Can Obama take credit for market's good week?

There are risks to suggesting the worst may be over before it really is.

Published March 14, 2009 11:50AM (EDT)

I'm alarmed by the way the Obama administration has been hyping the slight uptick in good news about the economy in the last few days. Yes, the Dow had its best week since November, Citigroup and Bank of America say they expect to make money this quarter, GM won't need an immediate infusion of tax dollars, and retail spending seems to have stabilized, at least for now. On Thursday Obama himself told business leaders that the crisis is "not as bad as we think," and on Friday National Economic Council director Larry Summers said the spending numbers were "modestly encouraging signs" that the stimulus might already be having an effect.

As someone who has repeatedly defended Obama from GOP efforts to blame him for the current crisis and to deride the "Obama economy" only 55 days into his presidency, I think the administration could be playing a dangerous game. Live by the week's economic news, die by it as well. If the Dow dives next week, or retail spending dips again, does that mean the stimulus failed?

I think the administration got rattled by Wall Street criticisms that Obama was at risk of talking down the markets and, at minimum, simply wasn't paying enough attention to them. I thought that was the right course, actually — he needs to take a longer view, and the Dow isn't necessarily the most important indicator of economic vitality. And just when some of Obama's critics are starting to get called on their market boosterism — boy, has Jim Cramer's stock taken a dive this week — unfortunately, their nagging seems to have had some effect.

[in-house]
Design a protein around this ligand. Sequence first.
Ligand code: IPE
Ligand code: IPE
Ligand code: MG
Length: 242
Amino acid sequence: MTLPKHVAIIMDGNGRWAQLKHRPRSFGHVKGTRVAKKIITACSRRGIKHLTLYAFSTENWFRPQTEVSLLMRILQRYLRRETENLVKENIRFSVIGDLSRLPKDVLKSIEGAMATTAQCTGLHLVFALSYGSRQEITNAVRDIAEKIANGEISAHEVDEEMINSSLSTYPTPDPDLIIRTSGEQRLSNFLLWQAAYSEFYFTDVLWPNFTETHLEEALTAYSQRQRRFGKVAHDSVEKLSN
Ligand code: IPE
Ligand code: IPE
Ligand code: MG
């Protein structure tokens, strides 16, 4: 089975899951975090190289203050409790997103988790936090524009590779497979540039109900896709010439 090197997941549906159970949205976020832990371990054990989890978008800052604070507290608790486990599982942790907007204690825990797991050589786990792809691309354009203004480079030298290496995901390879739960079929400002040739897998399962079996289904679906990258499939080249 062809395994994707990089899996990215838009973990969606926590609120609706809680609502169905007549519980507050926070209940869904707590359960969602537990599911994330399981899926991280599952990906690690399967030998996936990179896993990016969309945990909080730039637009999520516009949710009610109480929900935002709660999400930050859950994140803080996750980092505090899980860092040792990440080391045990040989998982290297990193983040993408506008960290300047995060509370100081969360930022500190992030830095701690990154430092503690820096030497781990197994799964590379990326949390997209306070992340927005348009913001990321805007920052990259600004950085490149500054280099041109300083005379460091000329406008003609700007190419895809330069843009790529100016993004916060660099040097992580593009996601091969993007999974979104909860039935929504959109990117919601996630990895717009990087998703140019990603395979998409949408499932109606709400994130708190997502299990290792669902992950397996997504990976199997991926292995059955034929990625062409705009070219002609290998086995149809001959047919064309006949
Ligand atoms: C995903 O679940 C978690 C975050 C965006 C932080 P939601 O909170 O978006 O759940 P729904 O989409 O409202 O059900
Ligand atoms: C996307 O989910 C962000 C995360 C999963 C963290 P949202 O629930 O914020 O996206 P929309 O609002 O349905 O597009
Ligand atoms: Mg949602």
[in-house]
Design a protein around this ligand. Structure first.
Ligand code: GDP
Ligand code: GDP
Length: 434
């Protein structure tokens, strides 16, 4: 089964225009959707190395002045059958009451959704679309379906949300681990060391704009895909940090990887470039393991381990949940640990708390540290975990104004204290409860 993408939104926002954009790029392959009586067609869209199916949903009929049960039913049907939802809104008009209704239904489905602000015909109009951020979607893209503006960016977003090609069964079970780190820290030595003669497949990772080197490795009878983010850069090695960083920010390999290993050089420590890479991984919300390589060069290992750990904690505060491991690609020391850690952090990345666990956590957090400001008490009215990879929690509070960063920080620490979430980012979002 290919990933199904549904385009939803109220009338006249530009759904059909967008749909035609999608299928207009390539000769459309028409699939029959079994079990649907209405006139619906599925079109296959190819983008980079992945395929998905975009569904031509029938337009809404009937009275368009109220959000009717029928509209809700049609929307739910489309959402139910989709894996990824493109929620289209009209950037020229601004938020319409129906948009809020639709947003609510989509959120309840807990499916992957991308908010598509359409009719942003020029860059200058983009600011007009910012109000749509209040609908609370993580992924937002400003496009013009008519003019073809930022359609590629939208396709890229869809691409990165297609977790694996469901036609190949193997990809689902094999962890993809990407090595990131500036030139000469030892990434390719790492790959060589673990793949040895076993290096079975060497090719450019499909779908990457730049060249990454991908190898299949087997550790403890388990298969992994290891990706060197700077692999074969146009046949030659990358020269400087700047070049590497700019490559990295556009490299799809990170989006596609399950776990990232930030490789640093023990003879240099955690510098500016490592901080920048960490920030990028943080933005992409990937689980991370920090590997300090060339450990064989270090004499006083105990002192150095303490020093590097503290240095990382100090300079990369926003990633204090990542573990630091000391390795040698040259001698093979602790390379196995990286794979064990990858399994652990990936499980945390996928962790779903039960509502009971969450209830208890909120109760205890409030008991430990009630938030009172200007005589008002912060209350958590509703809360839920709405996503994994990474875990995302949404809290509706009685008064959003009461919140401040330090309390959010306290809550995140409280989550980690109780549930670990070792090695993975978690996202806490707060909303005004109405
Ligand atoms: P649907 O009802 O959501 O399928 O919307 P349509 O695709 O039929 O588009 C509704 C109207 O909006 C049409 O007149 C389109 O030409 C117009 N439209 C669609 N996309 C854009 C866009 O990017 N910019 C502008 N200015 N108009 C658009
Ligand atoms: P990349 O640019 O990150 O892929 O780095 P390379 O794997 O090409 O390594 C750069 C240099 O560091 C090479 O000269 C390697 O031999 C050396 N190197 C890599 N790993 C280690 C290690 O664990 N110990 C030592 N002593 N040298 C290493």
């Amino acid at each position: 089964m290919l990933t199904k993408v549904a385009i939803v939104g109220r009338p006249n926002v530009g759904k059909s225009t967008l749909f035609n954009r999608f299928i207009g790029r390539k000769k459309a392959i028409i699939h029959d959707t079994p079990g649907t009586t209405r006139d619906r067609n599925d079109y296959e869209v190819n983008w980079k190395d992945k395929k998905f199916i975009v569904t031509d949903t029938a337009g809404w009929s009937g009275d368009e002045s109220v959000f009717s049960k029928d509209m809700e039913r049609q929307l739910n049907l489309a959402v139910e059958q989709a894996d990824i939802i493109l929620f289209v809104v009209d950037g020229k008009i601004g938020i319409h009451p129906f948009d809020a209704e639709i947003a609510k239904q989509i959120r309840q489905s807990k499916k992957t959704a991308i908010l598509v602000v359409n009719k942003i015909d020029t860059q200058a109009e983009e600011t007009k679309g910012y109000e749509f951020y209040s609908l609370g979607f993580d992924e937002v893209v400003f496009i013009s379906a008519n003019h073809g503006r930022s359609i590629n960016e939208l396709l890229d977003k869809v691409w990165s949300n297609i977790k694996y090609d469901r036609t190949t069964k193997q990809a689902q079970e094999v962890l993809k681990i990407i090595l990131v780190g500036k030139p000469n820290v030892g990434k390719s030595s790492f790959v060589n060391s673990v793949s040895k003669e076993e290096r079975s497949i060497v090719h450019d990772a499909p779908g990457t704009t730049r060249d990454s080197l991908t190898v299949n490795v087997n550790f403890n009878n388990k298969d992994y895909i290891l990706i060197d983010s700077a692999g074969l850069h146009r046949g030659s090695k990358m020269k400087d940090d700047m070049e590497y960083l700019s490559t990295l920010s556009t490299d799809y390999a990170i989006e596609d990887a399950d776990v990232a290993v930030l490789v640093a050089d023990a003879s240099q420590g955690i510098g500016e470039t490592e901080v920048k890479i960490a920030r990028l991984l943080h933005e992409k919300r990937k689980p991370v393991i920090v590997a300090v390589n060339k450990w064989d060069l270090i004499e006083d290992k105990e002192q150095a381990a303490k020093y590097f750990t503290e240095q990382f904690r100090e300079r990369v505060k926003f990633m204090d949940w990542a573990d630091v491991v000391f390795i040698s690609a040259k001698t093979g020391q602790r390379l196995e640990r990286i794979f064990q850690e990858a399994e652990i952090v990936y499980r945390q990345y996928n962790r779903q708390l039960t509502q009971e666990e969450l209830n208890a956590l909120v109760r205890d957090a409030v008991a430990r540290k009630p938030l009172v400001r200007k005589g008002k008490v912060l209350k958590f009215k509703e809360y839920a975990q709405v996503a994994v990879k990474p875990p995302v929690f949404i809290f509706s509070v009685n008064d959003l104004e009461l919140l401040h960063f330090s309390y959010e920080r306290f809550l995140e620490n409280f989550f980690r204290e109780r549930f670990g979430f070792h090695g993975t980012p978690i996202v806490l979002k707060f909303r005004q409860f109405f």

I thought Larry Summers sounded a little bit like Cramer when he insisted there's never been a better time to buy, which Andrew Leonard captured earlier today, hailing possible big gains from investment in construction and the stock market. And not surprisingly, Cramer was impressed by Summers' speech and took it as evidence that the administration is listening to guys like him. “I think they got some religion when they saw the market go down so much,” Cramer said on CNBC today.

I think it's important that Obama project optimism that we can turn this problem around — and indeed, that we've already begun to — with his economic stimulus package, banking reforms and mortgage efforts. But to hail the earliest signs of progress in a battle that's likely to take months, if not years, seemed like a rare Obama political mistake. We'll see. I'll be talking about Obama's first 55 days in office on the CNN's "D.L. Hughley Breaks the News" Saturday at 7 PT/10 ET and Sunday at 8 PT/11 ET.


By Joan Walsh

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